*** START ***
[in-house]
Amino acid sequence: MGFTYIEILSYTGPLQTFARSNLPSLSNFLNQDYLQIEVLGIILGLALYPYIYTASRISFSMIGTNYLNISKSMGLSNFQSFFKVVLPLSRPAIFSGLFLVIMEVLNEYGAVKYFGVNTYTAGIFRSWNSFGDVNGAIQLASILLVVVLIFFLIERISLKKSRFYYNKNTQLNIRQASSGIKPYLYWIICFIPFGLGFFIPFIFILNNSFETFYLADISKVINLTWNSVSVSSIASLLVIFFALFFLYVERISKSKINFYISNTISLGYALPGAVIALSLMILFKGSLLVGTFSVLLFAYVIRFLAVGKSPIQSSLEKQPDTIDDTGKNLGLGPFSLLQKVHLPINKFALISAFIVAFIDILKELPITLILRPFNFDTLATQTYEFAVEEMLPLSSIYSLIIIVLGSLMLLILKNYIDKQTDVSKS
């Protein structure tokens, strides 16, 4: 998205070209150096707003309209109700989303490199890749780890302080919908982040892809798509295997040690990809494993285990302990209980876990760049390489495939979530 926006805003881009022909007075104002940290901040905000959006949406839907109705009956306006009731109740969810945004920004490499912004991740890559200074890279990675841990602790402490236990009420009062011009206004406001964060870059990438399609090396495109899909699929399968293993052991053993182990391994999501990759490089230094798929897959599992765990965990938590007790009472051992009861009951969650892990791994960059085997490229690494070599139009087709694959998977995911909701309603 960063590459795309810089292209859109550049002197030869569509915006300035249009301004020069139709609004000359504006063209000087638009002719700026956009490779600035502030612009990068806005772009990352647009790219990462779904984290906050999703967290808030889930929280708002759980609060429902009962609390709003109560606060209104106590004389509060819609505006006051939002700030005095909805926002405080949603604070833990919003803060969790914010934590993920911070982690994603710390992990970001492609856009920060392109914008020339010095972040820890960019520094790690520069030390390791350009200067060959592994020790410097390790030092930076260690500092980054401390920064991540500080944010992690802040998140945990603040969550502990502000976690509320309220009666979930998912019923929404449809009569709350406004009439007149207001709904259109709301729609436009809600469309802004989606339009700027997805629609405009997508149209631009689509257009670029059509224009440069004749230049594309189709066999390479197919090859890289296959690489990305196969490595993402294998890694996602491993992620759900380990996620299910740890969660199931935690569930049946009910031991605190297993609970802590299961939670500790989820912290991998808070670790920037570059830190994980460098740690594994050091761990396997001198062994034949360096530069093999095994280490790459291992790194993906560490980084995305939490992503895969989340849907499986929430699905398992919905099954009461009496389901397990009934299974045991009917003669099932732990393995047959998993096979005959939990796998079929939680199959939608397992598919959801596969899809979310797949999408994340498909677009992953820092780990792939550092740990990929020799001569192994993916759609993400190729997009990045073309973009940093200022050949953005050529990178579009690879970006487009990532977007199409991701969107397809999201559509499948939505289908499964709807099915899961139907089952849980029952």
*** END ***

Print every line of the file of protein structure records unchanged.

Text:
[in-house]
Amino acid sequence: MGFTYIEILSYTGPLQTFARSNLPSLSNFLNQDYLQIEVLGIILGLALYPYIYTASRISFSMIGTNYLNISKSMGLSNFQSFFKVVLPLSRPAIFSGLFLVIMEVLNEYGAVKYFGVNTYTAGIFRSWNSFGDVNGAIQLASILLVVVLIFFLIERISLKKSRFYYNKNTQLNIRQASSGIKPYLYWIICFIPFGLGFFIPFIFILNNSFETFYLADISKVINLTWNSVSVSSIASLLVIFFALFFLYVERISKSKINFYISNTISLGYALPGAVIALSLMILFKGSLLVGTFSVLLFAYVIRFLAVGKSPIQSSLEKQPDTIDDTGKNLGLGPFSLLQKVHLPINKFALISAFIVAFIDILKELPITLILRPFNFDTLATQTYEFAVEEMLPLSSIYSLIIIVLGSLMLLILKNYIDKQTDVSKS
């Protein structure tokens, strides 16, 4: 998205070209150096707003309209109700989303490199890749780890302080919908982040892809798509295997040690990809494993285990302990209980876990760049390489495939979530 926006805003881009022909007075104002940290901040905000959006949406839907109705009956306006009731109740969810945004920004490499912004991740890559200074890279990675841990602790402490236990009420009062011009206004406001964060870059990438399609090396495109899909699929399968293993052991053993182990391994999501990759490089230094798929897959599992765990965990938590007790009472051992009861009951969650892990791994960059085997490229690494070599139009087709694959998977995911909701309603 960063590459795309810089292209859109550049002197030869569509915006300035249009301004020069139709609004000359504006063209000087638009002719700026956009490779600035502030612009990068806005772009990352647009790219990462779904984290906050999703967290808030889930929280708002759980609060429902009962609390709003109560606060209104106590004389509060819609505006006051939002700030005095909805926002405080949603604070833990919003803060969790914010934590993920911070982690994603710390992990970001492609856009920060392109914008020339010095972040820890960019520094790690520069030390390791350009200067060959592994020790410097390790030092930076260690500092980054401390920064991540500080944010992690802040998140945990603040969550502990502000976690509320309220009666979930998912019923929404449809009569709350406004009439007149207001709904259109709301729609436009809600469309802004989606339009700027997805629609405009997508149209631009689509257009670029059509224009440069004749230049594309189709066999390479197919090859890289296959690489990305196969490595993402294998890694996602491993992620759900380990996620299910740890969660199931935690569930049946009910031991605190297993609970802590299961939670500790989820912290991998808070670790920037570059830190994980460098740690594994050091761990396997001198062994034949360096530069093999095994280490790459291992790194993906560490980084995305939490992503895969989340849907499986929430699905398992919905099954009461009496389901397990009934299974045991009917003669099932732990393995047959998993096979005959939990796998079929939680199959939608397992598919959801596969899809979310797949999408994340498909677009992953820092780990792939550092740990990929020799001569192994993916759609993400190729997009990045073309973009940093200022050949953005050529990178579009690879970006487009990532977007199409991701969107397809999201559509499948939505289908499964709807099915899961139907089952849980029952």